One woman shares her top four lessons learned from practicing Karma Yoga.
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Katie Papo (Ambika) shares insights based on many years of serving in the Residential Study/Karma Yoga program at the Sivananda ashram in the Bahamas.
Despite the common perception of many residential volunteer programs, Karma Yoga does not mean simply “working for free.” Karma Yoga is a full yogic path on its own — the masters taught that it even leads to self-realization, divine love, and deep meditation. It is an endless stream of opportunities to weaken your ego and strengthen your soul. It is the mirror that shows you where you need the most polishing.
The swamis and senior staff at the Sivananda ashram in the Bahamas taught me not only how to live more spiritually, but how to navigate the more prickly parts of myself. I loved most that even my worst days brought me invaluable learning. The hardest challenges delivered the greatest rewards — not the kind of rewards you get in the material world — rather an inner knowing that you are constantly evolving, growing, and progressing as you navigate your inner world.
Here are my top four lessons that I learned from practicing Karma Yoga in recent years at the ashram:
Lesson #1. It’s better to be harmonious than to be right.
I grew up with the understanding that in an argument or debate, it’s important to assert yourself as being dominant, or right, so that way others will conform to your side. At the ashram, I learned differently. I was taught it’s more important to work harmoniously with others than to prove your way is best. This doesn’t mean you become a doormat — rather, the opposite. When you achieve the right balance, you can be a strong, active voice that brings people together. You then earn trust, learn new ways of looking at different situations, and allow others to be right. It wasn’t easy for my ego, but when I could gently set my own “wants” aside, my relationships improved and my spirit thrived.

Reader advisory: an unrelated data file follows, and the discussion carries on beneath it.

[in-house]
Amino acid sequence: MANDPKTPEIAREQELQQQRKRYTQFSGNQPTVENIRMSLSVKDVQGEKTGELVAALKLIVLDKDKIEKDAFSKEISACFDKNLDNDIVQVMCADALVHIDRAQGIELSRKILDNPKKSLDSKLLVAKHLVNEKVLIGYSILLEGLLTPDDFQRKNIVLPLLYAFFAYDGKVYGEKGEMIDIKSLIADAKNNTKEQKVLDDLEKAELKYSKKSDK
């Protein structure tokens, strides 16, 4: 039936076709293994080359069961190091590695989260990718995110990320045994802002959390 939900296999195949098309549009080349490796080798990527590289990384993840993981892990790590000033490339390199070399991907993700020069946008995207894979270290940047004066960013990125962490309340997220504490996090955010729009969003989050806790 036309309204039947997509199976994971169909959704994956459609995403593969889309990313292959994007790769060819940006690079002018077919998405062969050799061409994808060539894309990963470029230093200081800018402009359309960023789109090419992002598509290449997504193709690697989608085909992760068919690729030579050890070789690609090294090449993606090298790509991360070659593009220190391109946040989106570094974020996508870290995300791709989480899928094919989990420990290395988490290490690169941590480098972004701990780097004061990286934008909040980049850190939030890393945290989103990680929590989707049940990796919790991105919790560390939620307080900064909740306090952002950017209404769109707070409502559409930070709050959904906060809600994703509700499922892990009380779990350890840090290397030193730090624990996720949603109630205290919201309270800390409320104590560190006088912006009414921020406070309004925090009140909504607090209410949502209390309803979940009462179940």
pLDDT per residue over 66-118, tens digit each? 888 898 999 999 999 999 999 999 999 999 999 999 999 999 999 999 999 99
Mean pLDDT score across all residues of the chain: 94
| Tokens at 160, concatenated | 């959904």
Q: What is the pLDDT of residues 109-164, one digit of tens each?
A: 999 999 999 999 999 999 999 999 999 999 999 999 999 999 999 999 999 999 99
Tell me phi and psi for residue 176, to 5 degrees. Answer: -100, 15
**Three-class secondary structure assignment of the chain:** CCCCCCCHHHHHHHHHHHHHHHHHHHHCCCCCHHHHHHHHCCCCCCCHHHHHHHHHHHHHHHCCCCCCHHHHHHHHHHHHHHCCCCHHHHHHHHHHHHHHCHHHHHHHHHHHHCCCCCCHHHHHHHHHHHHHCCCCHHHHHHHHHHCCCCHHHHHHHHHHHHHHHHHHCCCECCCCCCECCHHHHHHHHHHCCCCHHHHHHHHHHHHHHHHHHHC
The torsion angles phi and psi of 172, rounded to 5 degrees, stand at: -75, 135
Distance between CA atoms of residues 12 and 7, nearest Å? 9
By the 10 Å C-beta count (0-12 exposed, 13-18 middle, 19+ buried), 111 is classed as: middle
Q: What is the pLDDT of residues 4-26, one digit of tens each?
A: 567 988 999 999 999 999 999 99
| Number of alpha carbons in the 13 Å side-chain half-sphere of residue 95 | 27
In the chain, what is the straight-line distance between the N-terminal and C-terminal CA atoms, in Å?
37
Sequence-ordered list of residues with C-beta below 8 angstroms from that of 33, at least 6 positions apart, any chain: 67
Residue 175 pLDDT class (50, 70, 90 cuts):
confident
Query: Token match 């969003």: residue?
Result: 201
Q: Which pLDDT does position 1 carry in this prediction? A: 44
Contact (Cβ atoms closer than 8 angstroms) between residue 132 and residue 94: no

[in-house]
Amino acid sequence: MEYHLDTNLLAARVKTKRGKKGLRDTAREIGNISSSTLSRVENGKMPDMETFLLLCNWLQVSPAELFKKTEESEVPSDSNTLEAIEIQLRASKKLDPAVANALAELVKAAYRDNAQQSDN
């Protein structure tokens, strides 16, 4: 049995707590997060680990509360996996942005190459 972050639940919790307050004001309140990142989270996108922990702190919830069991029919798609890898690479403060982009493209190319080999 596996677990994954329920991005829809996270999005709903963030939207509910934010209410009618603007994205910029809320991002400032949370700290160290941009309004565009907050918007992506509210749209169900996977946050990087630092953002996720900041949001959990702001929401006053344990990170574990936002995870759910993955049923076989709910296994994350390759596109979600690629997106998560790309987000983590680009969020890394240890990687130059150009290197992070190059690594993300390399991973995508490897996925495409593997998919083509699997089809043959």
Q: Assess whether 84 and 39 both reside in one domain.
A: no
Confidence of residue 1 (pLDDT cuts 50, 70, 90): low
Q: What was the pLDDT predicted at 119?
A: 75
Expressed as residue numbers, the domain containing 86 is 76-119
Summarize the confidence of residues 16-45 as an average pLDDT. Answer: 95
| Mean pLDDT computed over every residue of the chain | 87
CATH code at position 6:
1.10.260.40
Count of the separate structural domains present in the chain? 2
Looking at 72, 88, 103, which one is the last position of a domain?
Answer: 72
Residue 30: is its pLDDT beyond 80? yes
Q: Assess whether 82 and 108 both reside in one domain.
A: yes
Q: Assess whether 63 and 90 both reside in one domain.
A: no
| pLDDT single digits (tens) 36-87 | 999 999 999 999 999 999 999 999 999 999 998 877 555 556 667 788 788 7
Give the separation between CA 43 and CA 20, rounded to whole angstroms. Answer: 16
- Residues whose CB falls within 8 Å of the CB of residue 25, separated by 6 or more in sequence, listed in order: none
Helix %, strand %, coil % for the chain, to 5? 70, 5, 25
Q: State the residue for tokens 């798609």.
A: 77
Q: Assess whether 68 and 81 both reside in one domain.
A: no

Lesson #2. Aim for steady progress, not perfection.
I noticed at the ashram when I tried to be perfect, I got trapped in the world of extremes. Swami Sivananda teaches moderation — to eat a little, sleep a little, practice asana a little, meditate a little, and so on.
In situations when I operated on the ends of extremes, such as forbidding myself from eating sugar, I’d soon enough find myself eating an entire cake. In yoga, progress is important, not perfection. Finding moderation and balance in all your daily actions — from eating cake to meditating — is a discipline in itself.
Lesson #3. Criticizing others does not make you feel better about yourself.
The Karma Yoga program gave me countless opportunities to address my habit of negative thinking, of criticizing others. The less I criticized, the happier I felt. If I made a mistake, I knew apologizing would make me feel better.
I once thought apologizing was a weakness. Now that I’ve practiced it, I see it as tremendous strength. It also helped me learn about forgiveness. Apologizing and forgiving are both harder than they look, but they are two worthwhile skills to heal your heart.
Lesson #4. Don’t get too comfortable — your life can change in a second.
After spending nearly my all of my twenties in the Sivananda organization, it felt increasingly comfortable for me to commit to future seasons of Karma Yoga. Just when I started to get really content living at the ashram, my “future” husband appeared. I hardly expected a “householder” life so soon, so part of my transition involved getting over the shock. Life does that.
What I learned in the transition is that Karma Yoga isn’t just a program — it’s a mentality. Even though I no longer reside in the ashram, I’m still using the lessons that I learned, both from the Karma Yoga program and the Yoga Teacher Training Course. Both experiences engrained the lessons of yoga in me. You can’t help but be changed by immersions like these. The teachings are timeless and invaluable … perfect for anyone who wants to spiritualize their life for the better.
Sivananda Ashram Yoga Retreat Bahamas is located on Paradise Island on one of the finest beaches in the world. For nearly 50 years, the ashram has been a leading destination for people seeking a spiritual environment to study, practice yoga, and develop a healthy lifestyle. The ashram offers immersive, month-long Yoga Teacher Training Courses and Karma Yoga/Residential Study Programs.